Sep 29, 2012

The Scourge of Materialism


[From HRH Jonathan]
What is the greatest scourge that has struck the Church and all other bastions of traditional thought in the last half-millenium? Of all the immoral, false philosophies to count their birth in that time, which has done the most damage to our thought? Some would say progressivism, and point to all the people who have been lured away from the truth by its honeyed face; others would point to capitalism, and all the lives it has wrecked; many would say communism, even though it has little affected the Church herself; some would say socialism, and others objectivism, and there would always be a happy few who would point angrily at nationalism, liberalism, and statism, and bask in the fact that they are far more right than all the others. In truth, however, none of these are the philosophy that I am looking for. They have all done their damage, and they all have their deadly flaws, but there is one that stands above them all as the crowning achievement of the heretics of the last 5 centuries. There is one philosophy which has wormed its hold in so tightly around every philosophy, even every thought, of modern times that there are very many within the Church that do not realize that they too have fallen prey to it. This horrid philosophy, this pernicious outlook, this great thought that has attacked and absorbed so many others; is Materialism.
Materialism; the view of life that places the greatest emphasis upon the physical, the worldly, the material. The great destroyer of virtue; perhaps the most stolid and ferocious enemy of Christian thought. Materialism is an outlook that directs all our thought and energy to the matter of the world: how we dress, how we eat, how much we earn, how much we have, how we measure our success in the wide world of the Mundus Mundanus.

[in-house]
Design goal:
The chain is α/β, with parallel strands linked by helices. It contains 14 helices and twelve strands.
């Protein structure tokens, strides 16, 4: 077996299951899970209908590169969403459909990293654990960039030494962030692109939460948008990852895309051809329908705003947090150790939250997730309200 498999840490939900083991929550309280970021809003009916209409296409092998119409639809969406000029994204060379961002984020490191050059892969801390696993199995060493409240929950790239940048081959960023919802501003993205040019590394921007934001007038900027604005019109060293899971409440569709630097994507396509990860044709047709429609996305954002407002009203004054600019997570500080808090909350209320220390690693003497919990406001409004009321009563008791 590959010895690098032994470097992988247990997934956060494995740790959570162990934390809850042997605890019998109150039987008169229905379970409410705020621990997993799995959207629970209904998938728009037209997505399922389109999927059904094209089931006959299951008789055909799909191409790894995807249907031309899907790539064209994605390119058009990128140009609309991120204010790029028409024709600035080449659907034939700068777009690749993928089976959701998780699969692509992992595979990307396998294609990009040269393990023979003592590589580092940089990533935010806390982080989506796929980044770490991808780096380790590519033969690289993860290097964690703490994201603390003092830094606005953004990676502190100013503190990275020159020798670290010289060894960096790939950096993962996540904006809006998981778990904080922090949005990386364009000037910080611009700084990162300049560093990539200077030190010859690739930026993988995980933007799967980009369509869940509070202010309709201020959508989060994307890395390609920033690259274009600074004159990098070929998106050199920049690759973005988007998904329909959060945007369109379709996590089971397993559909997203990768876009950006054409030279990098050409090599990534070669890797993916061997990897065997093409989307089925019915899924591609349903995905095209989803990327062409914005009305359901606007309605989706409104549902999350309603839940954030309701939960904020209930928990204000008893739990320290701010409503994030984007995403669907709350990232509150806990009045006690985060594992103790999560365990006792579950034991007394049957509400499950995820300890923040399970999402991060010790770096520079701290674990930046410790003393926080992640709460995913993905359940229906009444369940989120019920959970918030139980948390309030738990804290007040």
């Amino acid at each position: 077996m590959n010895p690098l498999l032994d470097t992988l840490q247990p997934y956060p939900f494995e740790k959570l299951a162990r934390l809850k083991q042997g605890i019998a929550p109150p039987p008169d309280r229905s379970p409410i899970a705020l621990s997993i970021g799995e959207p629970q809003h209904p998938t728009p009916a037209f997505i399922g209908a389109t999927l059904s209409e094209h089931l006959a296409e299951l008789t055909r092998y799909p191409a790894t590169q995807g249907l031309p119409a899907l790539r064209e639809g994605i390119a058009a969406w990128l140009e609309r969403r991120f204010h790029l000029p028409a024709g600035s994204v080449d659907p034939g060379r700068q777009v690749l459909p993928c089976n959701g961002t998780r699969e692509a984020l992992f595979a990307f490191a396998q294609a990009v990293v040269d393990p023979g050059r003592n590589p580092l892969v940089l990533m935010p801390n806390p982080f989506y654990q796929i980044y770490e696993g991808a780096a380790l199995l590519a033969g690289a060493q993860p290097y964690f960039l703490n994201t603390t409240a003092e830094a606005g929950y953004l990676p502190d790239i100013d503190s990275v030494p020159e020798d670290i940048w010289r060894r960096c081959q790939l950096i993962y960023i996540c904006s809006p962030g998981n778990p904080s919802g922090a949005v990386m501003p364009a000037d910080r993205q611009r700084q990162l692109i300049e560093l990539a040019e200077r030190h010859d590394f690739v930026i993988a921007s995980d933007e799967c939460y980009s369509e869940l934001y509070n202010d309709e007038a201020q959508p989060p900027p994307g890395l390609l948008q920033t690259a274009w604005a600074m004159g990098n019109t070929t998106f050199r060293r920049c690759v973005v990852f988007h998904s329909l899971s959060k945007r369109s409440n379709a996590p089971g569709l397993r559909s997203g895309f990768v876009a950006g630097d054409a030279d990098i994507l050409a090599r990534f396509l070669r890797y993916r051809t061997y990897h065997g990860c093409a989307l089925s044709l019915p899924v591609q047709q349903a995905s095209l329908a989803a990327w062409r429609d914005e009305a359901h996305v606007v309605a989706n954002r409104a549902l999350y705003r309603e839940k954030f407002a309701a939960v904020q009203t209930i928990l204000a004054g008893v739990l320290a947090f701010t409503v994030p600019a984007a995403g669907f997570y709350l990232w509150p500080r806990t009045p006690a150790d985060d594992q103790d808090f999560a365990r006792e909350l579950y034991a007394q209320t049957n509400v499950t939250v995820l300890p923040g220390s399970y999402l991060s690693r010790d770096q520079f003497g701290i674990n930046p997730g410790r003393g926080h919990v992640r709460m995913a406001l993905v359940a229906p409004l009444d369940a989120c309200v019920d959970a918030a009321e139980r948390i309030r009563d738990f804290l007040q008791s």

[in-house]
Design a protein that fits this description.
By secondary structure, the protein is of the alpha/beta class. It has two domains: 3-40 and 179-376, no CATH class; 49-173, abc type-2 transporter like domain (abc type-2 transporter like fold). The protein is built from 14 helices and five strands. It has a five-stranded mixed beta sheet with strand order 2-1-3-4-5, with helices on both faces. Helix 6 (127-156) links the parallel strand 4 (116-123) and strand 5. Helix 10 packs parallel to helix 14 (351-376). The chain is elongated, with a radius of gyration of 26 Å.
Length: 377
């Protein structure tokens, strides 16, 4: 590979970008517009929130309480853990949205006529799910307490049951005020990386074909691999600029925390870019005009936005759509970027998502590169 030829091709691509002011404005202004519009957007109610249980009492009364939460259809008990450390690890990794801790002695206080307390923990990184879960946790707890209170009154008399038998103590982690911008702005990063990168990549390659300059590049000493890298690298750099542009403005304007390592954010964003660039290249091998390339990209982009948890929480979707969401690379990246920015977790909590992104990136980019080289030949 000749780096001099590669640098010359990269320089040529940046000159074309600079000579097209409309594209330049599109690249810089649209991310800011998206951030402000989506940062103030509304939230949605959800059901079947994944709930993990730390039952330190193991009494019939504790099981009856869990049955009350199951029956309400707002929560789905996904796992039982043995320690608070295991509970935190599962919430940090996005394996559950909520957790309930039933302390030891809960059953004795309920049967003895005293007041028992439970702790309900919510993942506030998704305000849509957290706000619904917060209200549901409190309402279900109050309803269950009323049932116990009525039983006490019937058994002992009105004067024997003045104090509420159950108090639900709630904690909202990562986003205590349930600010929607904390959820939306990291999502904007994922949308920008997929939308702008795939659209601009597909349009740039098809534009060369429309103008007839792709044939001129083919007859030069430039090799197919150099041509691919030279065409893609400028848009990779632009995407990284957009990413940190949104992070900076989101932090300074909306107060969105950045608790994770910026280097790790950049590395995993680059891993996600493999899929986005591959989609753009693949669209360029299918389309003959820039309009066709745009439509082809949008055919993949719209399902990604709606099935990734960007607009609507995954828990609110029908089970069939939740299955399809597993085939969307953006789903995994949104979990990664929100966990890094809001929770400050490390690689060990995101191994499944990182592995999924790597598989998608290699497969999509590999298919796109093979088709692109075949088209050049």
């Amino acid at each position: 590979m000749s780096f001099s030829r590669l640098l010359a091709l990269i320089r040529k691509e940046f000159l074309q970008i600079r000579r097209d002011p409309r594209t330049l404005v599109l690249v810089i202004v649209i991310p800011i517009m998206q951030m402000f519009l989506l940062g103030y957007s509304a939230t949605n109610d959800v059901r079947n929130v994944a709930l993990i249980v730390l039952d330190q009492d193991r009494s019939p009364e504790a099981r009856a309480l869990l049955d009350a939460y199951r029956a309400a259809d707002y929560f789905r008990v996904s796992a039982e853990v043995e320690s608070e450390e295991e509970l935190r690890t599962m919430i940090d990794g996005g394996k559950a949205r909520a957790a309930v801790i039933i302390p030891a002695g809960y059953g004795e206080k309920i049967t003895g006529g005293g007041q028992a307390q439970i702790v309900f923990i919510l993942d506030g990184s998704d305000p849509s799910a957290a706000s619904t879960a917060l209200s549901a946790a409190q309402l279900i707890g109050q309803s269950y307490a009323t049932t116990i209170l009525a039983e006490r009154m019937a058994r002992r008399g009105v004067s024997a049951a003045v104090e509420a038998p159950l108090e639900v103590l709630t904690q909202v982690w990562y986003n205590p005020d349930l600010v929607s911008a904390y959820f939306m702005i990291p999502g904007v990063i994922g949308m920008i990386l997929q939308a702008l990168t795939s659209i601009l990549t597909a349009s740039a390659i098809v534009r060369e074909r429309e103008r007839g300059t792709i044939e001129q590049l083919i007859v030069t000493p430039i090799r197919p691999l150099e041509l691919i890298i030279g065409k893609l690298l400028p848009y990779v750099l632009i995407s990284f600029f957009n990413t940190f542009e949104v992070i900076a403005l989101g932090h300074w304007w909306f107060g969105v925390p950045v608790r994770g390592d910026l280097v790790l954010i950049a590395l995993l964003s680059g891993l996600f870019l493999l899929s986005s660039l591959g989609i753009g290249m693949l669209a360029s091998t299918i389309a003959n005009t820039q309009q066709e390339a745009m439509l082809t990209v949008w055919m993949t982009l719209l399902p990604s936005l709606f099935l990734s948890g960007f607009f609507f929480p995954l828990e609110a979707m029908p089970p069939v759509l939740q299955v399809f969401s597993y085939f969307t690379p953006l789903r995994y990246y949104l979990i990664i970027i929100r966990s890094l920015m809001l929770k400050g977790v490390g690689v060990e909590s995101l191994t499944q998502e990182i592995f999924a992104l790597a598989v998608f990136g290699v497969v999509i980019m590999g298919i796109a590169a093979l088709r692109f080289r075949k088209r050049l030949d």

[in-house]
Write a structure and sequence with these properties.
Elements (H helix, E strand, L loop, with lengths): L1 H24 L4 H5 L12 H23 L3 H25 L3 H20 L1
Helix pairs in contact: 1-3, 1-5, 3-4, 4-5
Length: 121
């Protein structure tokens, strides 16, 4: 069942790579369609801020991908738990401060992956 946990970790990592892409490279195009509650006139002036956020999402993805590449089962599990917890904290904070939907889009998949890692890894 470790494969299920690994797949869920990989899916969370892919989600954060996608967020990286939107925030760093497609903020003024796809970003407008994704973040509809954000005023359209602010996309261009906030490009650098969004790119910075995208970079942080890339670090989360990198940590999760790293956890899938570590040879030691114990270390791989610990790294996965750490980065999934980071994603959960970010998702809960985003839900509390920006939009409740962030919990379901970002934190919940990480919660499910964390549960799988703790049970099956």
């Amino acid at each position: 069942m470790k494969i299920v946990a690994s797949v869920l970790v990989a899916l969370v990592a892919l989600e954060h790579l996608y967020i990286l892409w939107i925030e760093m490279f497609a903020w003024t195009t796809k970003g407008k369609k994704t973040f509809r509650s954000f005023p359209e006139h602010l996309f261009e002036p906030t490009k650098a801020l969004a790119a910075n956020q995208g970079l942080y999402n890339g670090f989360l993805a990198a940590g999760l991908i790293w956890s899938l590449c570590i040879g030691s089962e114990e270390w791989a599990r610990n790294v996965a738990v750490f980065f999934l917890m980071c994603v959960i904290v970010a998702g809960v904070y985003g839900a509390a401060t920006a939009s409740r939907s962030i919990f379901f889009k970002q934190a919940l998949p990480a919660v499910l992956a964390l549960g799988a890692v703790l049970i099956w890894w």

From my (admittedly limited) studies of the matter, I believe that the predominance of Materialism has more to do with coincidence and the machinations of the Adversary than any human agenda. Calvin and the tyrannical Henry VIII, with their prosperity theology and worldly base, began a trend of focusing upon the material that was exacerbated and amplified a hundredfold by generation upon generation of protestant theologian, rationally-inclined merchant, and atheist philosopher. It was carried throughout the lands and cultures of Europe until it became almost unspoken, and then it was used as the basis of the Enlightenment and associated revolutions, and then it was too late.
When you look around at the modern world surrounding us with a Catholic perspective, you will see this horrific doctrine applied everywhere. Turn your television onto any channel for 10 minutes, take a good look at the place where you buy your food, pick a library book at random and read it for a few pages, or study even a single article of modern political dialogue; do any of these things with a clear head, and you are likely to be horrified.
And that does not even begin to take into account the things that the devout materialists of the atheist world around you do. Plastic surgery, lewd clothing, brutal business practices, redefinition of marriage in politics; and these are just the nicer things. It goes from there to abortion and transgenderism, for after all, what are we but material?

“But,” you say helpfully, “those are things that atheists and protestants do, the Church still stands same as ever.”. Well, you are mostly correct; the Church still preaches against, and has carefully worked against, all these things. The problem, however, is that Materialism has wormed its way into the face of the era so totally that it cannot be avoided.
It is a struggle that we must put our backs into daily to live our lives by a compass of God, and not the world; and like all such struggles, our mortal fabrication makes even the greatest of us fail on occasion. The teachings of the Church may still stand the same, but her followers must fight against the rest of the world to follow them.
How often have you measured something by the material above the spiritual? How many times have you used cost, pleasure, or appearance to judge the worth of a thing that should have been measured by merit, positive effect, or religion? There is no avoiding it. Often we must choose between acting Materialistically or Christianly, and the former is always easier and always more encouraged.

Ending this paradigm is not something that can be done partway; a compromising position between Materialism and Catholicism will inevitably swing in favor of one or the other. We must do our best to defeat Materialism, not just avoid it. Since the world goes against us, let us go against the world.
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